In 2005, the North Carolina General Assembly adopted the Southern Appalachian Brook Trout as the official Freshwater Trout of the state. The trout was chosen because it's the only species of freshwater fish native to North Carolina. Since it does tend to thrive in cooler waters, it's often found in the North Carolina mountains. Locals call these fish “specks,”“speckled trout,” or “brookies.” You'll know these fish by their distinctive color: an olive green upper side with dark green markings on their backs and tails that sort of look like worms. Fishermen like these because they have especially delicate flesh and an excellent flavor, plus they're usually pretty willing to take either artificial or natural bait. For the most part, they don't grow larger than 6 inches, and don't weigh more than a half pound.
Think it's a bit unusual that North Carolina has an official state fish (and two at that!)? That's just the beginning. Check out the rest of North Carolina's state symbols, including our official drink, our official dance, the North Carolina state bird, reptile, dog, and more. Here's a look at all of North Carolina's state symbols.
The State Wildflower of North Carolina
In 2003, the North Carolina General Assembly approved the Carolina Lily (Lilium michauxii) as the official state wildflower.
The flower can be found throughout the state and grows up to four feet high. Usually with 1 to 3 flowers, up to six blooms is possible. The petals are reddish-orange with brown spots and are curved back so that the tips overlap.
The Carolina Lily grows all over the southeastern United States, from Maryland to Florida, and blooms as late as October (though it is most prevalent in July to August).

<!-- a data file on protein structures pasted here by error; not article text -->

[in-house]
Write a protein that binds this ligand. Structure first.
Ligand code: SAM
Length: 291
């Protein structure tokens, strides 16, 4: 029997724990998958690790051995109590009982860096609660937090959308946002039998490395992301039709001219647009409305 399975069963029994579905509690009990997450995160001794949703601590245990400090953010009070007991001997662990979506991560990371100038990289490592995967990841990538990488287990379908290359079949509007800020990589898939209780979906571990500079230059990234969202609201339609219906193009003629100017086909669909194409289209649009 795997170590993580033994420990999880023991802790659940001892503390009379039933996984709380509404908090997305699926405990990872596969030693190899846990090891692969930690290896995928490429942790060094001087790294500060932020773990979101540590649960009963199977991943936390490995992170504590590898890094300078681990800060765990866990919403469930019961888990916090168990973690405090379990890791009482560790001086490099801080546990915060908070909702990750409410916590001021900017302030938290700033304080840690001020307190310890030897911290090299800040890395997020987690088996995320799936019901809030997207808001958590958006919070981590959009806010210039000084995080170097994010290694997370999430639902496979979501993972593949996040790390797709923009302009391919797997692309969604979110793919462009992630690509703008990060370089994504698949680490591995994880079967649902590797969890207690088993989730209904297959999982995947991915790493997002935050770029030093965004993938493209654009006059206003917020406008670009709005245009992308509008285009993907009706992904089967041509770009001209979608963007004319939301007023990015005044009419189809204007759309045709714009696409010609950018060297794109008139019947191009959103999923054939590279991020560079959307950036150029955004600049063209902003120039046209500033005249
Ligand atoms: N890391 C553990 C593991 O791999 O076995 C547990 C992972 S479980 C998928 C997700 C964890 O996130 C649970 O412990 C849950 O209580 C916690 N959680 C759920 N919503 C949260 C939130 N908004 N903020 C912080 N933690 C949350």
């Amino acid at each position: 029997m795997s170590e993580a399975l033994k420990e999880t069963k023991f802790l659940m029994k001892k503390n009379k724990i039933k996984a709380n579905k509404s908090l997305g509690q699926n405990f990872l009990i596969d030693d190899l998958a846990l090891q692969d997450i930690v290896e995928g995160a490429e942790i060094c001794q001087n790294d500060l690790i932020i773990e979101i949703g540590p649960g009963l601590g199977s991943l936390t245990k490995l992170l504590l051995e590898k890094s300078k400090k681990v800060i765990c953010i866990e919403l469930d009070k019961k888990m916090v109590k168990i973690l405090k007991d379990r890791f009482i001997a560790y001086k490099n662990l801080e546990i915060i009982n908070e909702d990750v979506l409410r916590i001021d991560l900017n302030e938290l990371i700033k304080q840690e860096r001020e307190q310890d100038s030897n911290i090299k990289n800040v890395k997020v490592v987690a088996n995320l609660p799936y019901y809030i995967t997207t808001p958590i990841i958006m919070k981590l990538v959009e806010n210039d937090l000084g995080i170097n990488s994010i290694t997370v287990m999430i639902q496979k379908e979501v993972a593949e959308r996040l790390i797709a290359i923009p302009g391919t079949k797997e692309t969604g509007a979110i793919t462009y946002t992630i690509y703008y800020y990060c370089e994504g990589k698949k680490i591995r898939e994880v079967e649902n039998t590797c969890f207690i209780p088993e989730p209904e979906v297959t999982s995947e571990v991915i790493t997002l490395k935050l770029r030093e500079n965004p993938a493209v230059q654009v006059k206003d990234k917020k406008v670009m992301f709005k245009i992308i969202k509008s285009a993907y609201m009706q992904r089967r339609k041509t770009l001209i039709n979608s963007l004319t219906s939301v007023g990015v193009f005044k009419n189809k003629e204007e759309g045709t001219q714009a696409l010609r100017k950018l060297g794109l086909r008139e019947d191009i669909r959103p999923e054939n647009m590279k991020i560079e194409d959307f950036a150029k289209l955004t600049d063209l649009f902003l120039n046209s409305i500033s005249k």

Check out the rest of North Carolina's state symbols. North Carolina's state symbols.
The State Boat of North Carolina
In 1987, the North Carolina General Assembly was considering options for an official state boat. Drawing from the state's Outer Banks history, the shad boat was chosen to represent the state.
Named for the type of fish it was used to catch, the shad boat was a small craft specifically designed for navigating the waterways around the Outer Banks. Larger crafts weren't maneuverable enough, so a specific design was needed. The shallow hull of the shad in addition to it's easy navigation makes it ideal for the shallow waters and sounds, where weather can change rapidly. Native trees such as cypress, white cedar and juniper were used for construction, the length of the boat was usually about 28 feet. The boats were very expensive to produce though, and the shad boat construction ceased in the 1950s.
There actually are only small number shad boats left on Roanoke Island. One is on view at the George Washington Creef Boathouse in Manteo. Another one, originally built in 1904, is on display at the Museum of the Albemarle in Elizabeth City.
The State Fruit of North Carolina
In 2001, the North Carolina General Assembly declared the Scuppernong grape as the official fruit of the state. The Scuppernong (vitis rotundifolia) is a muscadine grape, and was the first grape to be cultivated on American soil. Named for the Scuppernong River, a blackwater river that flows through Tyrrell County and Washington County into the Albemarle Sound on the North Carolina coast.
In 1524, an Italian explorer, Giovanni de Verrazano, made note of the grape variety while he was exploring the Cape Fear Valley. Sir Walter Raleigh also made note of the abundance of grapes in 1584, when he said that the region was "so full of grapes that the very beating and surge of the sea overflowed them. In all the world, the like abundance is not to be found." In 1585, even Governor Ralph Lane was amazed by the grape crop, describing the coast as "the goodliest soil under the cope of heaven, so abounding with sweet trees that bring rich and pleasant, grapes of such greatness, yet wild, as France, Spain, nor Italy hath no greater."